Get on all fours and gently begin to arch your back up towards the ceiling, curling your chin to your chest into a cat pose. Hold it for a few seconds before reversing the stretch and pushing your chest towards the floor, lifting your head back into cow’s pose.
Lie on your back, bending your knees over to the side.
While this is similar to a previous stretch, this one is different in that you keep both legs together and bent as you allow them to drop to one side. One of our founder’s kids (aged 14) says that this is one of her favourite stretches of all time!
Look at your belly.
When you tuck your chin to your chest, not only do you get a great neck stretch, but it also works on your upper back muscles, too! Hold this static stretch for a few seconds until the muscles begin to release, bring your head back to normal, and repeat a few more times. The opposite to this stretch is to look directly up to the roof, which moves your neck muscles in a different way to loosen tension.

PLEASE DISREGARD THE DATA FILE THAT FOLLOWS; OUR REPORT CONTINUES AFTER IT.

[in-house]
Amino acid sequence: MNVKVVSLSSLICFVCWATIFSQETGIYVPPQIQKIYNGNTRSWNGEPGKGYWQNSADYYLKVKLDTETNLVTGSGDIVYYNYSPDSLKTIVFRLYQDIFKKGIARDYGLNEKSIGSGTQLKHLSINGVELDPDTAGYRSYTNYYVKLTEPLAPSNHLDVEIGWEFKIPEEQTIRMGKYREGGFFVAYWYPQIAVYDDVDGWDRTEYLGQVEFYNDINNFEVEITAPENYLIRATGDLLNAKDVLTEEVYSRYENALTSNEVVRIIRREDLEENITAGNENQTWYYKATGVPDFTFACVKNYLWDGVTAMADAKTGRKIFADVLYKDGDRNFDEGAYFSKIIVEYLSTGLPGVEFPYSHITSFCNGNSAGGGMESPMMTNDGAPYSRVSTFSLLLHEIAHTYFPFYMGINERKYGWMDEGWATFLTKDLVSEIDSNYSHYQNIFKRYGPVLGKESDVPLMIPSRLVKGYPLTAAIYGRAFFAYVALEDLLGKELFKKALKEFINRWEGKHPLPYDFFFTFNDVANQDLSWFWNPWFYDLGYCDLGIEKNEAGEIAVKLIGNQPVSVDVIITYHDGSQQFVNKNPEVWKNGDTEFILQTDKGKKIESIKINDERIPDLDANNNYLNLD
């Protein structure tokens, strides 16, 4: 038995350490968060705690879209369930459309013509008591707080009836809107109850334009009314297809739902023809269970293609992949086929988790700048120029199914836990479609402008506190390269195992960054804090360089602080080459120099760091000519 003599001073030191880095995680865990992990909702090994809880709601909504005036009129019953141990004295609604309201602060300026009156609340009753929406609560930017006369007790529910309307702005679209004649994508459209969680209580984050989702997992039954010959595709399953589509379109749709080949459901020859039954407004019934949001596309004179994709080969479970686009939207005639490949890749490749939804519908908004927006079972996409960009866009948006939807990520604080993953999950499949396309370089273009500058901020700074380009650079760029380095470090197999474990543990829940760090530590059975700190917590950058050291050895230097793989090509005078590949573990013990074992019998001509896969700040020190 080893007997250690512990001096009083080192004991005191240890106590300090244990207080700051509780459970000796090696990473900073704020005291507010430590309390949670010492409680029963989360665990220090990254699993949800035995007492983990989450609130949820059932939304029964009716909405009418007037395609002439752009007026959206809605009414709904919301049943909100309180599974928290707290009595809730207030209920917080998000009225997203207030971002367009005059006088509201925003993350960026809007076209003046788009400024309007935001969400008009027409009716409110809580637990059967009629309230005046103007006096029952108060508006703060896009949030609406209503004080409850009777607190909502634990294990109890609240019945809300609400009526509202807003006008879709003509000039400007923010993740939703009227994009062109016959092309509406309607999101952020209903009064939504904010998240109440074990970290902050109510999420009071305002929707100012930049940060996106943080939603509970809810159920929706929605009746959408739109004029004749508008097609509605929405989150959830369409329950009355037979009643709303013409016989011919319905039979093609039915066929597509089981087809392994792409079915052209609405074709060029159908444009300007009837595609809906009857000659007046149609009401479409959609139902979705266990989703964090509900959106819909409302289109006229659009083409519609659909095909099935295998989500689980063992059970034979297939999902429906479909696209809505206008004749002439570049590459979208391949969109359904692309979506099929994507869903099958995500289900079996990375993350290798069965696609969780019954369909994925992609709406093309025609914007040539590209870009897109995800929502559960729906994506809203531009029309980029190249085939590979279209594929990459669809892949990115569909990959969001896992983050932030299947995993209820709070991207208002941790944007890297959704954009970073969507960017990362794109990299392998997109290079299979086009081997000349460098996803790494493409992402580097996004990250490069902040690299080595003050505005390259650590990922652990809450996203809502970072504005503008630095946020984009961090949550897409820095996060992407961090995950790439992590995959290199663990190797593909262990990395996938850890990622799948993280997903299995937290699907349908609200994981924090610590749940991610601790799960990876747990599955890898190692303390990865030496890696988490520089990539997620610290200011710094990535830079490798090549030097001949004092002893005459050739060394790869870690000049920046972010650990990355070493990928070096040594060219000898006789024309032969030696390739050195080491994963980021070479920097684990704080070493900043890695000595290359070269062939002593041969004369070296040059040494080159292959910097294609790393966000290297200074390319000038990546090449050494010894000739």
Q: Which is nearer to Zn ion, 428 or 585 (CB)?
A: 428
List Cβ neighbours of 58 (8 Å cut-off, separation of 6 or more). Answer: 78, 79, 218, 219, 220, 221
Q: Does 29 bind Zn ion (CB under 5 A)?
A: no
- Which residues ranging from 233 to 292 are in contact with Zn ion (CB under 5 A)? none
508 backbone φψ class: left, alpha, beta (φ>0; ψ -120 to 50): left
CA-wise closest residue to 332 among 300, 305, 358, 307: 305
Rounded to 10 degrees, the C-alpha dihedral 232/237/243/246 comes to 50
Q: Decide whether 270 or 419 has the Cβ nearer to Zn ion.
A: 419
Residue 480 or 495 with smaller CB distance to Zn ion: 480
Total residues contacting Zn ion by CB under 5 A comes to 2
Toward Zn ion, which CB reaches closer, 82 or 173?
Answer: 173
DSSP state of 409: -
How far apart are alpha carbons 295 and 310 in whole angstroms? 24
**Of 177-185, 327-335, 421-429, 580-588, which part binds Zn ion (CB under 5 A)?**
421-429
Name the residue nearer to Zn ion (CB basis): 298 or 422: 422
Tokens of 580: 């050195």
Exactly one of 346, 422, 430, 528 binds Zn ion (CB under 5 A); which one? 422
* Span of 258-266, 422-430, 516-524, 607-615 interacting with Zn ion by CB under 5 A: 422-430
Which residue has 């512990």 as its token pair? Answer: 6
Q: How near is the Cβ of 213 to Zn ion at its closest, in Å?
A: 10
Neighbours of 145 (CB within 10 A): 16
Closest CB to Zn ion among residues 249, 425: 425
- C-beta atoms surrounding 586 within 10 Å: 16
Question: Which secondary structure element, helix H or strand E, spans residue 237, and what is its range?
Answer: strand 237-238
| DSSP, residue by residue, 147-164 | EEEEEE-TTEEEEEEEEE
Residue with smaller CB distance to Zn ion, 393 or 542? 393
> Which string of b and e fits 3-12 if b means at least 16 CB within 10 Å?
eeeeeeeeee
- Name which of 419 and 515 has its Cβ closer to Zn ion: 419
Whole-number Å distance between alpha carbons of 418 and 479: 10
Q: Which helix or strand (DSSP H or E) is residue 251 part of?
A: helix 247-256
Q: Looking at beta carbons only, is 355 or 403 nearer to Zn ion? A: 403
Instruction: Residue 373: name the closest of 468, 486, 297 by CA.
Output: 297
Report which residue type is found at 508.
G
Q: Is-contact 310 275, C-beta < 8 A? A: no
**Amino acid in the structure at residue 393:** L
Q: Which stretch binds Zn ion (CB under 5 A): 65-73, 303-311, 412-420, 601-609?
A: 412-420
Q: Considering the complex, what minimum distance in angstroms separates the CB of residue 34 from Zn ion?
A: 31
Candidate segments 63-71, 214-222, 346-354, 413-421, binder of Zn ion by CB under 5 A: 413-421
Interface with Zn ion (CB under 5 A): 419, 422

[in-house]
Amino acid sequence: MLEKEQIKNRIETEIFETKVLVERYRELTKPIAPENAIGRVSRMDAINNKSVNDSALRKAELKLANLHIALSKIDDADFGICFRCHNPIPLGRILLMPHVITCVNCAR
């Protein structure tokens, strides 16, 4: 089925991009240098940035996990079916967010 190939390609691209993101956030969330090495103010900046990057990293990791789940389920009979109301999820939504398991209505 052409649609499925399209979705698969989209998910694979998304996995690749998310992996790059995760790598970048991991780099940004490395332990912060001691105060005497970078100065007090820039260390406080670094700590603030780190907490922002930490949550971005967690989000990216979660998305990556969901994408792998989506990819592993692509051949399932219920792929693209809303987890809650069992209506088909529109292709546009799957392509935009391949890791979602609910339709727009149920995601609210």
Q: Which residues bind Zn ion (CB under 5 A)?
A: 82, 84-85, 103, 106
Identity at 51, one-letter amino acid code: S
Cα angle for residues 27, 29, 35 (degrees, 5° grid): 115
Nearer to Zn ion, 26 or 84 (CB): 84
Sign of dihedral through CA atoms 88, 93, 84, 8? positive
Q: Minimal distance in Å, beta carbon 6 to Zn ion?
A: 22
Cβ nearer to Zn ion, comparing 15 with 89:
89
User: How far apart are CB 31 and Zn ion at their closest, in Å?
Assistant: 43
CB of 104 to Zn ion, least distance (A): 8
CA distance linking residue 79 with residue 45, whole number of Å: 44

Circle your wrists.
Standing or sitting, take a few moments to circle your wrists clockwise and counterclockwise. This helps to relieve tension in your wrists and keep them agile for whatever activity you want to do next, whether that’s throwing a ball around or drawing indoors.
Cross your arm over your chest.